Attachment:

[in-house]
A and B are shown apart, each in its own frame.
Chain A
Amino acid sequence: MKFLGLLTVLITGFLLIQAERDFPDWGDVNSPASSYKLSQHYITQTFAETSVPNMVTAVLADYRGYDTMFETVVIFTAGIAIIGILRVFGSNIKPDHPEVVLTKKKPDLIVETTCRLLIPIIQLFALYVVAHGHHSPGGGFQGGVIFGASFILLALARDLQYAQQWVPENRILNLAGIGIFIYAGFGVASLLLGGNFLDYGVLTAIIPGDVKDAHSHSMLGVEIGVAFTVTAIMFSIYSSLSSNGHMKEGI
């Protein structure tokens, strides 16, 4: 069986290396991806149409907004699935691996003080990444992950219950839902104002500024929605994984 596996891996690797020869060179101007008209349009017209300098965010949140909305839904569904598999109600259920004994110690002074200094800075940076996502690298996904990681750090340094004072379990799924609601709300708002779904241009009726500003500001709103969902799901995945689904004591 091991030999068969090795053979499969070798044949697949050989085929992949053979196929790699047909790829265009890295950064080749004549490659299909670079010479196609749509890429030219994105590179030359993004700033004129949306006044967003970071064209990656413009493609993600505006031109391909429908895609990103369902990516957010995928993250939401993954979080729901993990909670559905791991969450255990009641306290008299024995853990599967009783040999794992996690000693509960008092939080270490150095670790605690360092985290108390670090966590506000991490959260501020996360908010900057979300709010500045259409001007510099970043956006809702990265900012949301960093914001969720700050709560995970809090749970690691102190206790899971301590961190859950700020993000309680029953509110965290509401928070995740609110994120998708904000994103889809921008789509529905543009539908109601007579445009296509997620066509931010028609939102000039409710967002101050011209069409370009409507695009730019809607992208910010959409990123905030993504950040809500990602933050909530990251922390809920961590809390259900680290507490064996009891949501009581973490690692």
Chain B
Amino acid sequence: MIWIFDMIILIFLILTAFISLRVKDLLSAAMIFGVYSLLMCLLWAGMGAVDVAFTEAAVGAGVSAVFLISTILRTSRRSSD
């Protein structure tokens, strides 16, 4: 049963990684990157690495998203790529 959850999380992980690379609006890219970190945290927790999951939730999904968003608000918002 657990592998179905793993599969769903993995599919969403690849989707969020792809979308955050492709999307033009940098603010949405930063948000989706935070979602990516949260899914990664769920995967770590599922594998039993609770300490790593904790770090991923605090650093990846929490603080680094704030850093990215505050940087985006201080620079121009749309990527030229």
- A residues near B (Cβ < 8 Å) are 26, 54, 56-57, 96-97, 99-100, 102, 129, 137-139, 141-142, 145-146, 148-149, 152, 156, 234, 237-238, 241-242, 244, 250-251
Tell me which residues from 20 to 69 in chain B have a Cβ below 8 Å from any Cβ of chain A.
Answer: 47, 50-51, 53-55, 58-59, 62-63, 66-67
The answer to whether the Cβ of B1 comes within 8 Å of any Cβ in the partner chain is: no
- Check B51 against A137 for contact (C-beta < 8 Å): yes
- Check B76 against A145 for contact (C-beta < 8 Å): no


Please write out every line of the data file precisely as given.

[in-house]
A and B are shown apart, each in its own frame.
Chain A
Amino acid sequence: MKFLGLLTVLITGFLLIQAERDFPDWGDVNSPASSYKLSQHYITQTFAETSVPNMVTAVLADYRGYDTMFETVVIFTAGIAIIGILRVFGSNIKPDHPEVVLTKKKPDLIVETTCRLLIPIIQLFALYVVAHGHHSPGGGFQGGVIFGASFILLALARDLQYAQQWVPENRILNLAGIGIFIYAGFGVASLLLGGNFLDYGVLTAIIPGDVKDAHSHSMLGVEIGVAFTVTAIMFSIYSSLSSNGHMKEGI
């Protein structure tokens, strides 16, 4: 069986290396991806149409907004699935691996003080990444992950219950839902104002500024929605994984 596996891996690797020869060179101007008209349009017209300098965010949140909305839904569904598999109600259920004994110690002074200094800075940076996502690298996904990681750090340094004072379990799924609601709300708002779904241009009726500003500001709103969902799901995945689904004591 091991030999068969090795053979499969070798044949697949050989085929992949053979196929790699047909790829265009890295950064080749004549490659299909670079010479196609749509890429030219994105590179030359993004700033004129949306006044967003970071064209990656413009493609993600505006031109391909429908895609990103369902990516957010995928993250939401993954979080729901993990909670559905791991969450255990009641306290008299024995853990599967009783040999794992996690000693509960008092939080270490150095670790605690360092985290108390670090966590506000991490959260501020996360908010900057979300709010500045259409001007510099970043956006809702990265900012949301960093914001969720700050709560995970809090749970690691102190206790899971301590961190859950700020993000309680029953509110965290509401928070995740609110994120998708904000994103889809921008789509529905543009539908109601007579445009296509997620066509931010028609939102000039409710967002101050011209069409370009409507695009730019809607992208910010959409990123905030993504950040809500990602933050909530990251922390809920961590809390259900680290507490064996009891949501009581973490690692």
Chain B
Amino acid sequence: MIWIFDMIILIFLILTAFISLRVKDLLSAAMIFGVYSLLMCLLWAGMGAVDVAFTEAAVGAGVSAVFLISTILRTSRRSSD
């Protein structure tokens, strides 16, 4: 049963990684990157690495998203790529 959850999380992980690379609006890219970190945290927790999951939730999904968003608000918002 657990592998179905793993599969769903993995599919969403690849989707969020792809979308955050492709999307033009940098603010949405930063948000989706935070979602990516949260899914990664769920995967770590599922594998039993609770300490790593904790770090991923605090650093990846929490603080680094704030850093990215505050940087985006201080620079121009749309990527030229």
- A residues near B (Cβ < 8 Å) are 26, 54, 56-57, 96-97, 99-100, 102, 129, 137-139, 141-142, 145-146, 148-149, 152, 156, 234, 237-238, 241-242, 244, 250-251
Tell me which residues from 20 to 69 in chain B have a Cβ below 8 Å from any Cβ of chain A.
Answer: 47, 50-51, 53-55, 58-59, 62-63, 66-67
The answer to whether the Cβ of B1 comes within 8 Å of any Cβ in the partner chain is: no
- Check B51 against A137 for contact (C-beta < 8 Å): yes
- Check B76 against A145 for contact (C-beta < 8 Å): no